Talk about "thirty ways of looking at Hillary": There is slew of female-penned articles in the new Newsweek about Hillary Clinton, gender, what the Democratic presidential candidate means to post-menopausal women, 20-somethings, "tae kwon do moms", pre-teen meth abusers... even that elusive centaur demographic. (Joke.) Sound familiar? It should! After all, the what-Hillary-means-to-women story has been done to death. But Newsweek does have some worthwhile nuggets, starting with Tina Brown's insightful essay about boomer women and how they are ignored by America's "relentless youth culture." Of course, the former New Yorker editrix can't resist planting a few underminery jibes at Hillary — she calls Clinton "inspiringly pedestrian" — but, by in large, Brown is sympathetic to Hillary's plight as whipping girl in a culture that vilifies aging females.
Brown takes a page from Ralph Ellison and calls over-50 females "invisible women." Younger women aren't voting for Hillary, she posits, because "The very scar tissue that older women see as proof of her determination just embarrasses their daughters, killing off for them all the insouciant elation that ought to come with girl power in the White House." Brown suggests that Hillary team up with Chelsea and hold some mother-daughter rallies in Pennsylvania to appeal to the under-30 set.
And why isn't that generation voting for Hillary? Young Jessica Bennett treads on well-worn territory when she argues that the "universal sisterhood" idea doesn't appeal to 20-something female Obama-philes. In a Q& A with Newsweek, Hillary herself explains why young women do not flock to her: "It's hard for young women to really feel the emotional connection because they didn't live through what we lived through. When I was a young woman, there were colleges I couldn't go to, jobs that I couldn't have ever had, a set of expectations that were pretty much imposed—and so women my age, we have gone through this extraordinary movement ... But the true beneficiaries are our daughters and our granddaughters."
But these 20 and 30-somethings who vote for Obama still feel guilty about not voting for Hillary, perhaps, as Jessica Bennett argues, because "[We were] reared at a time when Hillary was ever present, a sort of surrogate mother to us all."
If the Hillary-as-mother trope makes women feel guilty, it makes men feel a Freudian rage, says Kathleen Deveny. Deveny believes that much of the sexism directed towards Hillary is based in men's primal feelings towards their mothers and these men "mean 'mother' in the nagging, scolding, mom-jean-wearing sense, and not in a reassuring, brave and noble 'founding father' sort of way. Because since our mothers were often the sole authority figures in our childhoods, powerful women can bring back uncomfortable, if not emasculating, memories."
Speaking of emasculating, many have compared Hillary to another powerful old broad, Margaret Thatcher. Writer Julia Baird makes the point that though Thatcher pranced around her home "peeling potatoes" and "baking cakes" to soften her iron-woman image, she's not the only politician to do so. "Like men, women have exploited their gender when it suits them," Baird says.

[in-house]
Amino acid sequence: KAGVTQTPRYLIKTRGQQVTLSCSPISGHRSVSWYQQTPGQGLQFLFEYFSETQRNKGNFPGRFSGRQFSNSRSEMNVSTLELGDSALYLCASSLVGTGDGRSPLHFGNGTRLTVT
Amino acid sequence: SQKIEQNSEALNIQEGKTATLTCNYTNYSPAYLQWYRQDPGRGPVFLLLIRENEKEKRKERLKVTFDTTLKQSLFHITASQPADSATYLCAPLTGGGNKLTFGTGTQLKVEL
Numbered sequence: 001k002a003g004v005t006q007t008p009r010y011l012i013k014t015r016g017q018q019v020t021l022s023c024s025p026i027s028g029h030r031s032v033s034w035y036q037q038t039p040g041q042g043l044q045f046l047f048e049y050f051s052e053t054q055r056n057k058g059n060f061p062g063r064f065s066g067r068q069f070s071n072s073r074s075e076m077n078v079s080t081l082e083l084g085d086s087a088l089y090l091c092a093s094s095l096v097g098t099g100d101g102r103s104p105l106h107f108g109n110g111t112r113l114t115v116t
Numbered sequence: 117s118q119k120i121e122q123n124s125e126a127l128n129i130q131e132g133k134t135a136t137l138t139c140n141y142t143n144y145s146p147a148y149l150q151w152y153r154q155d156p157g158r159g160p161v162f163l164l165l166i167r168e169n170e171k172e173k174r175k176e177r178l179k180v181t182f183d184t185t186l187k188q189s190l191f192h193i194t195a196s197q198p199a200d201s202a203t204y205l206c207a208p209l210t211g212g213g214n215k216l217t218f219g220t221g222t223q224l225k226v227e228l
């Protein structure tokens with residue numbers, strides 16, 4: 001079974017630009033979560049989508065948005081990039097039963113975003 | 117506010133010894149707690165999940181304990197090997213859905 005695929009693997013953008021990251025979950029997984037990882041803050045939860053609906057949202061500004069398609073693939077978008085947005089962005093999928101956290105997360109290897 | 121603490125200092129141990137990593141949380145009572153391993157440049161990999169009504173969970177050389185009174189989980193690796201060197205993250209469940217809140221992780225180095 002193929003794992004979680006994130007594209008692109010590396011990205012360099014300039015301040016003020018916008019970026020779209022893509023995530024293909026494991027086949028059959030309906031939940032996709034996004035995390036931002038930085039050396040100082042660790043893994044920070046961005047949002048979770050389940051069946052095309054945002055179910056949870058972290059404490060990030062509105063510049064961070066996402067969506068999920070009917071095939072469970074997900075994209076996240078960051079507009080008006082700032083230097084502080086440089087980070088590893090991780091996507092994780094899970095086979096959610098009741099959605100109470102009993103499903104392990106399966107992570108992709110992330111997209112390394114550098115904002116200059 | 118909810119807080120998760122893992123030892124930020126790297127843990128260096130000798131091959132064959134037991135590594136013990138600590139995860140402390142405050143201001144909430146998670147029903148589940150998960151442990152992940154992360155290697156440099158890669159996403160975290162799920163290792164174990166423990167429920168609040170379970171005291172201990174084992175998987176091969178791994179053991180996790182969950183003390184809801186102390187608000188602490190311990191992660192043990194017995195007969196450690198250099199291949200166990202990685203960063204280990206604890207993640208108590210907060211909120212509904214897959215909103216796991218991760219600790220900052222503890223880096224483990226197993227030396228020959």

Anna Quindlen takes the idea of Hillary's gender role throughout this race and puts an interesting twist on it. Obama has been allowed to show a more feminine side to overwhelming praise because "while [Clinton] felt the need to prove muscle and mettle, he has been making human connections. Here's the deal: that's because he could afford to. A male candidate owns all the guy stuff simply by virtue of his birth; he can then go on to show that he's caring and communitarian."
By virtue of his birth, Obama is also a black man. For Allison Samuels, her desire to see someone in the White House who cares about black issues "trumps [her] desire to see a woman in the White House." Samuels continues, "I can't afford the luxury of fighting two battles when one is so clearly a matter of life and death."
Last but not least, Slate's Dahlia Lithwick wonders whether this year's election will settle the question of identity politics once and for all. "Perhaps," Lithwick wagers, "at the end of all these months of peering in the mirror, we can stop looking for the candidate who embodies every slight and insult we've ever encountered, and contemplate which of them is better suited to govern." What might fell Hillary is not her gender, says Eleanor Clift in yet another essay, it's her personality, marred by a combination of "hubris and naiveté". Focusing on the policy and the temperaments of the candidates instead of their genitalia or the color of their skin? Why would anyone want to do that!
Hillary And The Invisible Women [Newsweek]
Am I Betraying The 'Sisterhood'? [Newsweek]
'A Common Experience' [Newsweek]
Leave Your Mother Out Of It [Newsweek]
Still Stuck In Second [Newsweek]
The Legacy Of My Grandmother [Newsweek]
Scenes From a Tea for Two [Newsweek]
Enough About Us. What About Them? [Newsweek]